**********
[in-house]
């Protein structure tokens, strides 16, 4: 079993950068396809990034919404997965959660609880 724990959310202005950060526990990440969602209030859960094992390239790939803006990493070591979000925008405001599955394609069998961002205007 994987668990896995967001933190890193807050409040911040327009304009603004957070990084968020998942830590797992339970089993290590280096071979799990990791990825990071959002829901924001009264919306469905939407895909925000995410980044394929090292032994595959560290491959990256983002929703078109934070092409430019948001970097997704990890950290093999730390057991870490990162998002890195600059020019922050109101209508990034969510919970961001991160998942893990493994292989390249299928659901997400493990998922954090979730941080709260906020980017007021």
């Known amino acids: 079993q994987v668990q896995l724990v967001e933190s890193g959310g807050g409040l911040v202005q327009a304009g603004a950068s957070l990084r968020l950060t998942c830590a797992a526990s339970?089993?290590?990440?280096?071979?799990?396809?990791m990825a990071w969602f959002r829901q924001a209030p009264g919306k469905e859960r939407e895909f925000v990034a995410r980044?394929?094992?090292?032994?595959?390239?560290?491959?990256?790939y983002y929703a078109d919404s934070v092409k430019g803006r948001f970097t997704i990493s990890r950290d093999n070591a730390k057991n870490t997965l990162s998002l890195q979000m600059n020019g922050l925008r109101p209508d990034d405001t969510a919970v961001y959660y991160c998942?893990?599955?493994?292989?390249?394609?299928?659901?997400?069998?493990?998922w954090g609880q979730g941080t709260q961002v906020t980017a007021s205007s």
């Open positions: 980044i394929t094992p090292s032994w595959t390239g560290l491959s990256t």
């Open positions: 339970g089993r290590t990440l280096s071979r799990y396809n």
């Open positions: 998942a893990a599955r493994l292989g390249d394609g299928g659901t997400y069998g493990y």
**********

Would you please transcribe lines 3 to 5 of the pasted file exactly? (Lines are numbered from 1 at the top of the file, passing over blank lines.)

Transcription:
């Known amino acids: 079993q994987v668990q896995l724990v967001e933190s890193g959310g807050g409040l911040v202005q327009a304009g603004a950068s957070l990084r968020l950060t998942c830590a797992a526990s339970?089993?290590?990440?280096?071979?799990?396809?990791m990825a990071w969602f959002r829901q924001a209030p009264g919306k469905e859960r939407e895909f925000v990034a995410r980044?394929?094992?090292?032994?595959?390239?560290?491959?990256?790939y983002y929703a078109d919404s934070v092409k430019g803006r948001f970097t997704i990493s990890r950290d093999n070591a730390k057991n870490t997965l990162s998002l890195q979000m600059n020019g922050l925008r109101p209508d990034d405001t969510a919970v961001y959660y991160c998942?893990?599955?493994?292989?390249?394609?299928?659901?997400?069998?493990?998922w954090g609880q979730g941080t709260q961002v906020t980017a007021s205007s």
């Open positions: 980044i394929t094992p090292s032994w595959t390239g560290l491959s990256t």
């Open positions: 339970g089993r290590t990440l280096s071979r799990y396809n």